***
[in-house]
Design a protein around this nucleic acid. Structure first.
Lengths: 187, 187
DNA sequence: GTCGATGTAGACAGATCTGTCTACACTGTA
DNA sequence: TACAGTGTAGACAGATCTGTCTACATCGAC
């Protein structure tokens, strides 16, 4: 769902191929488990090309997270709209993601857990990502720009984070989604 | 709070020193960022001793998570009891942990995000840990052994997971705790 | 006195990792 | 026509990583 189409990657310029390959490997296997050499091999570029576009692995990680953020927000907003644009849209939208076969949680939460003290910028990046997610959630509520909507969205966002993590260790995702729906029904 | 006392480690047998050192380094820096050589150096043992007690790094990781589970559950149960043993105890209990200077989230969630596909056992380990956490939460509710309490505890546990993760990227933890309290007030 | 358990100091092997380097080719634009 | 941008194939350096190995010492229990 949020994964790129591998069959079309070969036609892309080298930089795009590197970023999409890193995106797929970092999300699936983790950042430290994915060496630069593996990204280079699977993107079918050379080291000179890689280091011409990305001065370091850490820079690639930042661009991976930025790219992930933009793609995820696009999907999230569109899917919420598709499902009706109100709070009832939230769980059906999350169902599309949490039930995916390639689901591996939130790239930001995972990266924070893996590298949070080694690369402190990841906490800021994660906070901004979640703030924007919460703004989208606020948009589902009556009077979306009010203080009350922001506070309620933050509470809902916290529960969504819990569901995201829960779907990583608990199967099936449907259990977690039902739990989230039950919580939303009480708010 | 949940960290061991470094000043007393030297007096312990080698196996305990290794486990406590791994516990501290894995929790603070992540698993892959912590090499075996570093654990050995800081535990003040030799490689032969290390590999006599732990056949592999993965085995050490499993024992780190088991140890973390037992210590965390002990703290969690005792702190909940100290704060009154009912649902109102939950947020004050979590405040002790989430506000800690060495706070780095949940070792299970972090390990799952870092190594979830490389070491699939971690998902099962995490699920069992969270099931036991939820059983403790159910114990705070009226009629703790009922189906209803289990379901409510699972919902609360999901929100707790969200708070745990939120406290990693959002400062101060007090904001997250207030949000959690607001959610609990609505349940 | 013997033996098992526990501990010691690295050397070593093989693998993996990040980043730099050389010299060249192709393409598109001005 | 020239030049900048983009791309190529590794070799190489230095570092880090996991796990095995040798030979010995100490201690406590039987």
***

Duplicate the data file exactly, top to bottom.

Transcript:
[in-house]
Design a protein around this nucleic acid. Structure first.
Lengths: 187, 187
DNA sequence: GTCGATGTAGACAGATCTGTCTACACTGTA
DNA sequence: TACAGTGTAGACAGATCTGTCTACATCGAC
């Protein structure tokens, strides 16, 4: 769902191929488990090309997270709209993601857990990502720009984070989604 | 709070020193960022001793998570009891942990995000840990052994997971705790 | 006195990792 | 026509990583 189409990657310029390959490997296997050499091999570029576009692995990680953020927000907003644009849209939208076969949680939460003290910028990046997610959630509520909507969205966002993590260790995702729906029904 | 006392480690047998050192380094820096050589150096043992007690790094990781589970559950149960043993105890209990200077989230969630596909056992380990956490939460509710309490505890546990993760990227933890309290007030 | 358990100091092997380097080719634009 | 941008194939350096190995010492229990 949020994964790129591998069959079309070969036609892309080298930089795009590197970023999409890193995106797929970092999300699936983790950042430290994915060496630069593996990204280079699977993107079918050379080291000179890689280091011409990305001065370091850490820079690639930042661009991976930025790219992930933009793609995820696009999907999230569109899917919420598709499902009706109100709070009832939230769980059906999350169902599309949490039930995916390639689901591996939130790239930001995972990266924070893996590298949070080694690369402190990841906490800021994660906070901004979640703030924007919460703004989208606020948009589902009556009077979306009010203080009350922001506070309620933050509470809902916290529960969504819990569901995201829960779907990583608990199967099936449907259990977690039902739990989230039950919580939303009480708010 | 949940960290061991470094000043007393030297007096312990080698196996305990290794486990406590791994516990501290894995929790603070992540698993892959912590090499075996570093654990050995800081535990003040030799490689032969290390590999006599732990056949592999993965085995050490499993024992780190088991140890973390037992210590965390002990703290969690005792702190909940100290704060009154009912649902109102939950947020004050979590405040002790989430506000800690060495706070780095949940070792299970972090390990799952870092190594979830490389070491699939971690998902099962995490699920069992969270099931036991939820059983403790159910114990705070009226009629703790009922189906209803289990379901409510699972919902609360999901929100707790969200708070745990939120406290990693959002400062101060007090904001997250207030949000959690607001959610609990609505349940 | 013997033996098992526990501990010691690295050397070593093989693998993996990040980043730099050389010299060249192709393409598109001005 | 020239030049900048983009791309190529590794070799190489230095570092880090996991796990095995040798030979010995100490201690406590039987």